Qualified Small Business Stock Tax Free Transfer – Paul Gaulkin CPA

Small business front of storeThere are many ways that qualified small business stock can be acquired that is not through original issuance. These include, gifts, transfers at death, transfers from a partnership, corporate reorganizations, stock conversions, options, warrants, or as convertible debt. There are certain transfers that warrant tax free treatment from the IRS. These include transfers by gift, death, and reorganization.

Transfer by Gift or Death

In the event of a transfer of qualified small business stock by gift or at death, the transferee is treated as having acquired that stock in the same manner as the transferor and is viewed as having held the stock during the period it was held by the transferor.

This rule is also applied where a partnership transfers stock to a partner provided the partner could have excluded gains allocated to the individual were the partnership to have sold instead of distributed the stock. This is determined without regard for the five year holding period requirement.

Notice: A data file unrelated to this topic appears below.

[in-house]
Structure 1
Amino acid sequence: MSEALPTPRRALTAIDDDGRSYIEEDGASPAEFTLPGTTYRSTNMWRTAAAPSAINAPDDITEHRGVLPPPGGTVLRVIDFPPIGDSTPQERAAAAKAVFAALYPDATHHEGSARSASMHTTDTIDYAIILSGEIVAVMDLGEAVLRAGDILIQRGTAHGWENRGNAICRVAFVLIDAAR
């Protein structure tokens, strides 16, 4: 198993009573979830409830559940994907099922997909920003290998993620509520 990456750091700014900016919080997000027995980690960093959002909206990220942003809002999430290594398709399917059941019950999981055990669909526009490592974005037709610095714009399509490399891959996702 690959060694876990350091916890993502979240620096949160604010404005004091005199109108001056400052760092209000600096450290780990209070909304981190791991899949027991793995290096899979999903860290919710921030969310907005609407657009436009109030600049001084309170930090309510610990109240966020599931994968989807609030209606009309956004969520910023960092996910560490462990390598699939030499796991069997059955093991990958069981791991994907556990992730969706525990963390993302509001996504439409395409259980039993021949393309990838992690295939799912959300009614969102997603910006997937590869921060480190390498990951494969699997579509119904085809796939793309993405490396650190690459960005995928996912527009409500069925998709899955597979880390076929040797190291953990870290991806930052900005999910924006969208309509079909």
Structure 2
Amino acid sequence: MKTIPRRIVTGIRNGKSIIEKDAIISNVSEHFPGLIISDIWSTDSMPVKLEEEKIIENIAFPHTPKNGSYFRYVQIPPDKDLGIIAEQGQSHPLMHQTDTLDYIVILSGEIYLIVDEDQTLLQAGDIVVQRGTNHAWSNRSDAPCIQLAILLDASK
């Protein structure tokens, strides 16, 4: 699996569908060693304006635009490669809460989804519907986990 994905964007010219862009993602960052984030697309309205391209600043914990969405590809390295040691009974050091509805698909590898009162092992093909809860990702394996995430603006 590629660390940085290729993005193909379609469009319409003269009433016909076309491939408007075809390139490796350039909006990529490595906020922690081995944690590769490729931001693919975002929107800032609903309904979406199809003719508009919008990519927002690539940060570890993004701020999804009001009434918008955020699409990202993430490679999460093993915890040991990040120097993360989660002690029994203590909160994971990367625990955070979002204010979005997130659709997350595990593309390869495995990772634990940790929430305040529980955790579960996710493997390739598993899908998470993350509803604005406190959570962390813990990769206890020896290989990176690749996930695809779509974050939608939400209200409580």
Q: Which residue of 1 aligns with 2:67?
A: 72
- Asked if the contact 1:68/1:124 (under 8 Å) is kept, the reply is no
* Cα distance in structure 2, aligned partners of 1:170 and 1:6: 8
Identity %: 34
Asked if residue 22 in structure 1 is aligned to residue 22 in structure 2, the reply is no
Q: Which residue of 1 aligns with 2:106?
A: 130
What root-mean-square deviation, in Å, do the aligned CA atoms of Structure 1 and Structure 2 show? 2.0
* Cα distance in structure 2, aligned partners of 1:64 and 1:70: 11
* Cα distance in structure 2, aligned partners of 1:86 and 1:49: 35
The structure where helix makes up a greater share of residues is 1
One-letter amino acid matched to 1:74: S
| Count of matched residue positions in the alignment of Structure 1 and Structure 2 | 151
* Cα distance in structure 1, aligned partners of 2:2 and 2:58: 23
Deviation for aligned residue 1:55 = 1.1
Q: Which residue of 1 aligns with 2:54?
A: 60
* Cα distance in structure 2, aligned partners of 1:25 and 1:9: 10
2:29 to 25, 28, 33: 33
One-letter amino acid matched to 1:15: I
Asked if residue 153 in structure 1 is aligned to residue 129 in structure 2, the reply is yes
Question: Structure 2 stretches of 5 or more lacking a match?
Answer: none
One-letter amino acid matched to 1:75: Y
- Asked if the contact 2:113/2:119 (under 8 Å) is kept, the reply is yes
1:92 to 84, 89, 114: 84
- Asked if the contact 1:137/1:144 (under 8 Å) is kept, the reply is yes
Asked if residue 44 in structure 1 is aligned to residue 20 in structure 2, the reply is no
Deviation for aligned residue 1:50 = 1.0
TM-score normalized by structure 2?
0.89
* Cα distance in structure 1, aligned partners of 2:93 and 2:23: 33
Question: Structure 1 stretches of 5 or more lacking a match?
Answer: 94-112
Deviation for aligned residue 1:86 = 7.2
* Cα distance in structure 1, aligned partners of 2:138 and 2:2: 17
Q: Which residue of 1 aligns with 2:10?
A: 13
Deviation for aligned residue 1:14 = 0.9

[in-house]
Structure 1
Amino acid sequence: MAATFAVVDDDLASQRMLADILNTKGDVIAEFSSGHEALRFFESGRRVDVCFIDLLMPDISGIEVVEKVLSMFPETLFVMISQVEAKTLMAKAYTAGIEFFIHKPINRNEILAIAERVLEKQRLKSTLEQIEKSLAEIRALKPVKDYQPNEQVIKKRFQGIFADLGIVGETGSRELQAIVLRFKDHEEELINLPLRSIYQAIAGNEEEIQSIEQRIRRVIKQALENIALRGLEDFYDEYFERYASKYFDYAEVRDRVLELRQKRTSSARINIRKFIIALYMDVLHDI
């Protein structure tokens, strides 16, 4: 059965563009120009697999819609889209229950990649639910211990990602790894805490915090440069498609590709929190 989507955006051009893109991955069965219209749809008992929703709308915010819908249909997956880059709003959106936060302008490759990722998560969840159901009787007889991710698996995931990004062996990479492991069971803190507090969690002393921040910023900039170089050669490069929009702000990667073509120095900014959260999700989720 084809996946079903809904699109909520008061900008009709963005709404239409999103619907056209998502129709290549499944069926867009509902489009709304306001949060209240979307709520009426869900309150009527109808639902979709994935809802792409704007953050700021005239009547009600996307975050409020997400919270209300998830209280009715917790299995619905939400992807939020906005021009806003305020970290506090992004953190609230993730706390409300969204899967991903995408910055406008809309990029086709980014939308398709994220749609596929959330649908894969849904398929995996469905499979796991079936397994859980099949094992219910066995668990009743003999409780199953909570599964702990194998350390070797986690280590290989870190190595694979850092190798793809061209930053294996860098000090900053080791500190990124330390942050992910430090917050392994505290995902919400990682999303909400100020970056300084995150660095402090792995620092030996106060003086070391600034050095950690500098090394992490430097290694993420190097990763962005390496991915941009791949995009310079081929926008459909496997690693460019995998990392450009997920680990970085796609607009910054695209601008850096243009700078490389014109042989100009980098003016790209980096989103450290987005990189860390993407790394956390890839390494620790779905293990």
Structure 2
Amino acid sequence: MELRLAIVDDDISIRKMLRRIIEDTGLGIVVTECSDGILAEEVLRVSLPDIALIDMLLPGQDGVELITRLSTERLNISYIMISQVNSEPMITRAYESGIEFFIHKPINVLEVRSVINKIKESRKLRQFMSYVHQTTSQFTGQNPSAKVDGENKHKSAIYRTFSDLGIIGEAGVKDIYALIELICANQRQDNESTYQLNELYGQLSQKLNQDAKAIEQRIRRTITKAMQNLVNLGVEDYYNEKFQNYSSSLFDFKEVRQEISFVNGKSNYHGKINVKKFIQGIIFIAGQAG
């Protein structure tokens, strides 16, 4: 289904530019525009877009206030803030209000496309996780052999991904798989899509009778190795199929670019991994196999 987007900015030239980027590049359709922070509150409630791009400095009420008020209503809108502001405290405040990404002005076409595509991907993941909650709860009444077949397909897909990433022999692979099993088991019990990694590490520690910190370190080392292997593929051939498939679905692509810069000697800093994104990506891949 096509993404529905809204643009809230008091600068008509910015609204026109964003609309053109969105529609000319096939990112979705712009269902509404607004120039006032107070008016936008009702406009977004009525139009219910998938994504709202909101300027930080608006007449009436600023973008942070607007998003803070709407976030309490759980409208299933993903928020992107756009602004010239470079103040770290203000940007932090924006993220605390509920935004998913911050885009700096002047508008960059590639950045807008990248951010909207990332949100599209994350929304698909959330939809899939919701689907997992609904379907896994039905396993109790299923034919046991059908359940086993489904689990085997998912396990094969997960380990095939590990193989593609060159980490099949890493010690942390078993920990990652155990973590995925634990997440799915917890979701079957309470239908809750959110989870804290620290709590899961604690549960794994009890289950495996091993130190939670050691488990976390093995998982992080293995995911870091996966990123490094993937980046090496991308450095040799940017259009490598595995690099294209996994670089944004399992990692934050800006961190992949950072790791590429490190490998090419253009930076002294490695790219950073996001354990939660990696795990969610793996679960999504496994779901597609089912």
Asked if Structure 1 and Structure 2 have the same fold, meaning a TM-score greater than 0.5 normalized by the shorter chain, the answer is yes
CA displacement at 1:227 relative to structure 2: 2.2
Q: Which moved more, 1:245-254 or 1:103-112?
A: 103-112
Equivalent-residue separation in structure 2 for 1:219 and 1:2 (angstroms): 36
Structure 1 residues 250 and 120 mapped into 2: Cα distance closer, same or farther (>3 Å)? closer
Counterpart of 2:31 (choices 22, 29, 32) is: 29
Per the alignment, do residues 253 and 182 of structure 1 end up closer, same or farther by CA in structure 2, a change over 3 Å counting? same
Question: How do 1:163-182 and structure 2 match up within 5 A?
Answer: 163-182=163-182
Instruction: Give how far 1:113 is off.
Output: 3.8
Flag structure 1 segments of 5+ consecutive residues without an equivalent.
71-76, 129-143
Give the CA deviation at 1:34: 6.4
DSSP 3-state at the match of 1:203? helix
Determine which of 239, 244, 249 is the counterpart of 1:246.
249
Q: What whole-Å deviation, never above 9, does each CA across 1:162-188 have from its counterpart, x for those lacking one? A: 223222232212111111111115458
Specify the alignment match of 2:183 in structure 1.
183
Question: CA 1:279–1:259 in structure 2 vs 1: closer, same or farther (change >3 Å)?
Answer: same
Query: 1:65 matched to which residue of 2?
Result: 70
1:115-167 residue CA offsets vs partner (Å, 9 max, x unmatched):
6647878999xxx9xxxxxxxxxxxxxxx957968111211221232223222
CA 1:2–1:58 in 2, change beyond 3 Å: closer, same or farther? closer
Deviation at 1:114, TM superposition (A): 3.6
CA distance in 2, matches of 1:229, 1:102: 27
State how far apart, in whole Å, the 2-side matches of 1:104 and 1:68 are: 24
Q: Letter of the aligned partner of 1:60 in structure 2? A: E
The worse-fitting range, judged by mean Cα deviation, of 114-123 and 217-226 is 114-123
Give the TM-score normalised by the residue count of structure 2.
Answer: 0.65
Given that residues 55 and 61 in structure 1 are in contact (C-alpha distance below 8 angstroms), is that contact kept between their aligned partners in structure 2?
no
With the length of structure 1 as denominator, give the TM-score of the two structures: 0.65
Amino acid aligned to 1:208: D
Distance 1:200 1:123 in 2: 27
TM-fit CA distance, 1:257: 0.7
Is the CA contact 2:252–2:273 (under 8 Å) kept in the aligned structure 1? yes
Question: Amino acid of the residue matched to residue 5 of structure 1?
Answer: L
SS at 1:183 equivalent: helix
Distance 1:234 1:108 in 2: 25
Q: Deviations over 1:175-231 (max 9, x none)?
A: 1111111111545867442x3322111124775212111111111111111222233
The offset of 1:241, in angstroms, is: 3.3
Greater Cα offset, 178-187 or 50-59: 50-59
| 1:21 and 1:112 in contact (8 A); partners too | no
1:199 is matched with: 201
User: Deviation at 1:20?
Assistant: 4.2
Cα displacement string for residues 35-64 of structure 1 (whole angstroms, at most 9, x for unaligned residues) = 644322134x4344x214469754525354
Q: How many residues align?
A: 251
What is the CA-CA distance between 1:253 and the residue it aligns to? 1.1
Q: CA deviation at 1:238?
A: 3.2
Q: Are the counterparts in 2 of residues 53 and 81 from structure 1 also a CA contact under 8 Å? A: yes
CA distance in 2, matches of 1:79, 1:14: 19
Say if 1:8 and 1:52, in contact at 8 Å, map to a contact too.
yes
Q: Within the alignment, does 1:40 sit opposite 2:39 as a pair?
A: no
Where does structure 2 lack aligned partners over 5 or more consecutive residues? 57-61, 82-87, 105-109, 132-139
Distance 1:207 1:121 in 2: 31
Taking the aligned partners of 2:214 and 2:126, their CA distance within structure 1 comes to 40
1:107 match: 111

This means that this type of transfer will not be taxed to the beneficiary of the qualified small business stock after the gift or death has occurred.

Transfer by Reorganization

In the event of a Section 351 exchange or a tax free reorganization, where qualified small business stock is exchanged for other stock, the stock received will be treated as qualified small business stock, as of the date the exchanged stock was acquired.

This applies for a Section 351 exchange if immediately following the exchange the corporation to which the stock is transferred is in control. Control is generally measured by evaluating whether the corporation to which the stock was transferred passes an 80% stock ownership test.

Upon selling the newly acquired stock, gain eligible for the exclusion would be limited to the amount of gain that would have been recognized at the time of the exchange of the original qualified small business stock had that exchange been taxable. This limitation does not apply if the newly acquired stock issued by a corporation is a qualified small business at the time of issuance.

About Paul Gaulkin CPA

Paul Gaulkin is a Certified Public Accountant and enrolled with the U.S. Treasury to practice before the IRS. Mr. Gaulkin possesses unique technical knowledge in the process of securing relief for taxpayers nationwide with IRS and State tax problems. With an accounting degree from Florida International University, he is able to transform complex tax and accounting problems into easy to understand solutions.

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